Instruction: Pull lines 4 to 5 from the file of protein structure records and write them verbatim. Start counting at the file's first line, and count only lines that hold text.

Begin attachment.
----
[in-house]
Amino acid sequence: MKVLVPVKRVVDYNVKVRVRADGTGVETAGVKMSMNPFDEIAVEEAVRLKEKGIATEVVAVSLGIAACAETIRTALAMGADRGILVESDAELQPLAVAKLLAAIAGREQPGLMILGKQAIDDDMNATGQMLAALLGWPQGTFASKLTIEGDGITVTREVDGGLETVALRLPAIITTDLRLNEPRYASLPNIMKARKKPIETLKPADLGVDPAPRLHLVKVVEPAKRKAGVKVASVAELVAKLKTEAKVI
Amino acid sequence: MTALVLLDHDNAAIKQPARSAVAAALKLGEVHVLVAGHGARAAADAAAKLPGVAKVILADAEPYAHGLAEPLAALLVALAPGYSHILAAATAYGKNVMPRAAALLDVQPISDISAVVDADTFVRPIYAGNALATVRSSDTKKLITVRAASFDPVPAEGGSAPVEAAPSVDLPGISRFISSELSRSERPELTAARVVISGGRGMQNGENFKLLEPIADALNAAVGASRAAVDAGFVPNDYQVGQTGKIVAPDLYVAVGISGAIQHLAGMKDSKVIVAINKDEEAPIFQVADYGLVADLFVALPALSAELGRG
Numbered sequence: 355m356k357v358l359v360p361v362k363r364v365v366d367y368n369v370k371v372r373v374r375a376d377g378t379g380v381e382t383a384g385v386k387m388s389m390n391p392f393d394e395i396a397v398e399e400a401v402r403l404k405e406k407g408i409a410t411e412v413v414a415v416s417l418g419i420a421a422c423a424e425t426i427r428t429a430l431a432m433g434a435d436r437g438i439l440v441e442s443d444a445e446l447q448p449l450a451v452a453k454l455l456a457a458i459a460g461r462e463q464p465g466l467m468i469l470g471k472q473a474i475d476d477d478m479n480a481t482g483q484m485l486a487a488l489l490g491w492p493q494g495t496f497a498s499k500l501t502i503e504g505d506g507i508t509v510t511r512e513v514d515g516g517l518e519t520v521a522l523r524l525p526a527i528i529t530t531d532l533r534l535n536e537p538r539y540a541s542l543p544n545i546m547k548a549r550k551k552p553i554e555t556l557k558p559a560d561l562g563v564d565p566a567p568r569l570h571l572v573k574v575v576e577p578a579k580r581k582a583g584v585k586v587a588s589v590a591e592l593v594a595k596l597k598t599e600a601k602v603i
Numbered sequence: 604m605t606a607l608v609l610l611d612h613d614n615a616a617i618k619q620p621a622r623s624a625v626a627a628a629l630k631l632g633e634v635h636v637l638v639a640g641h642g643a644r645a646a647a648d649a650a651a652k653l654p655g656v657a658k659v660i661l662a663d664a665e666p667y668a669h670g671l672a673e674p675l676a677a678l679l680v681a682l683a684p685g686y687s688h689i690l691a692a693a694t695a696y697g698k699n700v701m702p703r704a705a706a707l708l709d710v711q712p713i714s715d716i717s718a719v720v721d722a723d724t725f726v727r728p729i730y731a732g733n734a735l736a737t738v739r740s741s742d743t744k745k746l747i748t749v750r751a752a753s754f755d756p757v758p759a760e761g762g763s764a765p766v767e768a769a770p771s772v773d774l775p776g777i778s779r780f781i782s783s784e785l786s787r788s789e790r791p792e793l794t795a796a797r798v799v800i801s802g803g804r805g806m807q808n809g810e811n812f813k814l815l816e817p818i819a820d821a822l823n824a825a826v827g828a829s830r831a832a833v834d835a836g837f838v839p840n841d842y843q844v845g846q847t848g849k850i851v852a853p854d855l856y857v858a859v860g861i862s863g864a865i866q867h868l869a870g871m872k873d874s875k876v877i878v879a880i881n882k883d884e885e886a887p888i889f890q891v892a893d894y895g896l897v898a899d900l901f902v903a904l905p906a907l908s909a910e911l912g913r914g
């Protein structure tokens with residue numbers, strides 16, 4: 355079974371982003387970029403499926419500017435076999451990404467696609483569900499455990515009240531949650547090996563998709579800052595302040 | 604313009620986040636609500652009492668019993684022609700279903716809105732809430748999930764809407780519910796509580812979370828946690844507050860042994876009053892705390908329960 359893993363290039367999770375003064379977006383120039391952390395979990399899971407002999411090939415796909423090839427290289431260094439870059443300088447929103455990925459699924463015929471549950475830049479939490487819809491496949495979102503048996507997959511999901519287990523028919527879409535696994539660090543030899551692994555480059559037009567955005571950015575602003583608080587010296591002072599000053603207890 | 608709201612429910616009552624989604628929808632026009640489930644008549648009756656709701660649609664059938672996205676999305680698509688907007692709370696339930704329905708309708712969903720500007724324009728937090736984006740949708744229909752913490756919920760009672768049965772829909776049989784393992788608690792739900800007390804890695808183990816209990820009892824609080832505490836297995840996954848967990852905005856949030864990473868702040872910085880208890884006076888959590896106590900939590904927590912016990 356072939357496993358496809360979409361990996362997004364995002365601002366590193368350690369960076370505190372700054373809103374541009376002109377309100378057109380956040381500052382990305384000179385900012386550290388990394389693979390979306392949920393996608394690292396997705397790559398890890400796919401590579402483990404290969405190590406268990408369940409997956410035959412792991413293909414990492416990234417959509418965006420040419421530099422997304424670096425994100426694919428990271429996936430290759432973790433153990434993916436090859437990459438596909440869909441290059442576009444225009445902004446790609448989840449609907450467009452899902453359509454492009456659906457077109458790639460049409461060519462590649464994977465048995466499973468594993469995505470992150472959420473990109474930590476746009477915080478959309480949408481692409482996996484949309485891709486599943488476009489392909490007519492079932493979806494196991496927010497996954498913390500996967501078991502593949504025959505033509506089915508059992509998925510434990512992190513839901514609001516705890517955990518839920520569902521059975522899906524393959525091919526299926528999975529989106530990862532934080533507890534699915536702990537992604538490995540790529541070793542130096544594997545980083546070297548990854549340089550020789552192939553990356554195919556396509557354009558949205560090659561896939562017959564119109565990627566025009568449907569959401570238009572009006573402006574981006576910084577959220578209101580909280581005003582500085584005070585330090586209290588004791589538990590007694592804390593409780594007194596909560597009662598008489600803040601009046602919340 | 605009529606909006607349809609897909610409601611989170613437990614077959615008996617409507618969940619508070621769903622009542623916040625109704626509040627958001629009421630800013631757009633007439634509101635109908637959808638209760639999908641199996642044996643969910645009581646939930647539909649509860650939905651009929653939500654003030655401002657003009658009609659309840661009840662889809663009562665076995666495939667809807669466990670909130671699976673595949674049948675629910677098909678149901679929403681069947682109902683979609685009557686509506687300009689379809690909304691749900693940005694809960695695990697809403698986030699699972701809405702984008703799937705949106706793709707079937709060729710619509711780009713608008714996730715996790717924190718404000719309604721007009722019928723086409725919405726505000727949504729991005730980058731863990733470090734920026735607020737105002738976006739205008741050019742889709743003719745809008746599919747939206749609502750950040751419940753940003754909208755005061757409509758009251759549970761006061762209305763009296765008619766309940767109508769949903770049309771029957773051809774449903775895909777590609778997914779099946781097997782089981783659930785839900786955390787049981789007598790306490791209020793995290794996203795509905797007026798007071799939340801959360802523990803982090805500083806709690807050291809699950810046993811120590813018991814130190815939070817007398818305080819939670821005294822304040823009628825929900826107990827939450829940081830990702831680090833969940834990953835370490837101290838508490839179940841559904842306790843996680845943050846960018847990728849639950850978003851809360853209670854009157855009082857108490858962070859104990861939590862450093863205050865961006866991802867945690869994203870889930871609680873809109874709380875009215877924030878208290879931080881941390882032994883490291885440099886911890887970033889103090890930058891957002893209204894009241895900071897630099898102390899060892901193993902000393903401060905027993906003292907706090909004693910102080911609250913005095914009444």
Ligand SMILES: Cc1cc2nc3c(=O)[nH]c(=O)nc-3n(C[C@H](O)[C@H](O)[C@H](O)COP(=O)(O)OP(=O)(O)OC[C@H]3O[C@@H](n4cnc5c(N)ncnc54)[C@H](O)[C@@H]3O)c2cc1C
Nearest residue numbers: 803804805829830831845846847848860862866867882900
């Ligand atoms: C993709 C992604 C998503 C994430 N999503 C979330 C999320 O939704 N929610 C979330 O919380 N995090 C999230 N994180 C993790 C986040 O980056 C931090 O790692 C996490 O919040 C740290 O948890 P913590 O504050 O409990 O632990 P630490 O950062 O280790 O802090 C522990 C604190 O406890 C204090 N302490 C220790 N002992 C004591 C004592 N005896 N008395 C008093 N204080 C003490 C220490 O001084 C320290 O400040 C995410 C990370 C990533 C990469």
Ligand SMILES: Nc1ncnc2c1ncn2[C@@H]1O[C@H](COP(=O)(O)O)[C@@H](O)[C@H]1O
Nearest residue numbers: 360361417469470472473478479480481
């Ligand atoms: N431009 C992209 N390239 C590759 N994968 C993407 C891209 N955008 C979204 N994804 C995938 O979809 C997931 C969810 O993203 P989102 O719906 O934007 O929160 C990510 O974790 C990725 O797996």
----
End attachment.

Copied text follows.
Numbered sequence: 355m356k357v358l359v360p361v362k363r364v365v366d367y368n369v370k371v372r373v374r375a376d377g378t379g380v381e382t383a384g385v386k387m388s389m390n391p392f393d394e395i396a397v398e399e400a401v402r403l404k405e406k407g408i409a410t411e412v413v414a415v416s417l418g419i420a421a422c423a424e425t426i427r428t429a430l431a432m433g434a435d436r437g438i439l440v441e442s443d444a445e446l447q448p449l450a451v452a453k454l455l456a457a458i459a460g461r462e463q464p465g466l467m468i469l470g471k472q473a474i475d476d477d478m479n480a481t482g483q484m485l486a487a488l489l490g491w492p493q494g495t496f497a498s499k500l501t502i503e504g505d506g507i508t509v510t511r512e513v514d515g516g517l518e519t520v521a522l523r524l525p526a527i528i529t530t531d532l533r534l535n536e537p538r539y540a541s542l543p544n545i546m547k548a549r550k551k552p553i554e555t556l557k558p559a560d561l562g563v564d565p566a567p568r569l570h571l572v573k574v575v576e577p578a579k580r581k582a583g584v585k586v587a588s589v590a591e592l593v594a595k596l597k598t599e600a601k602v603i
Numbered sequence: 604m605t606a607l608v609l610l611d612h613d614n615a616a617i618k619q620p621a622r623s624a625v626a627a628a629l630k631l632g633e634v635h636v637l638v639a640g641h642g643a644r645a646a647a648d649a650a651a652k653l654p655g656v657a658k659v660i661l662a663d664a665e666p667y668a669h670g671l672a673e674p675l676a677a678l679l680v681a682l683a684p685g686y687s688h689i690l691a692a693a694t695a696y697g698k699n700v701m702p703r704a705a706a707l708l709d710v711q712p713i714s715d716i717s718a719v720v721d722a723d724t725f726v727r728p729i730y731a732g733n734a735l736a737t738v739r740s741s742d743t744k745k746l747i748t749v750r751a752a753s754f755d756p757v758p759a760e761g762g763s764a765p766v767e768a769a770p771s772v773d774l775p776g777i778s779r780f781i782s783s784e785l786s787r788s789e790r791p792e793l794t795a796a797r798v799v800i801s802g803g804r805g806m807q808n809g810e811n812f813k814l815l816e817p818i819a820d821a822l823n824a825a826v827g828a829s830r831a832a833v834d835a836g837f838v839p840n841d842y843q844v845g846q847t848g849k850i851v852a853p854d855l856y857v858a859v860g861i862s863g864a865i866q867h868l869a870g871m872k873d874s875k876v877i878v879a880i881n882k883d884e885e886a887p888i889f890q891v892a893d894y895g896l897v898a899d900l901f902v903a904l905p906a907l908s909a910e911l912g913r914g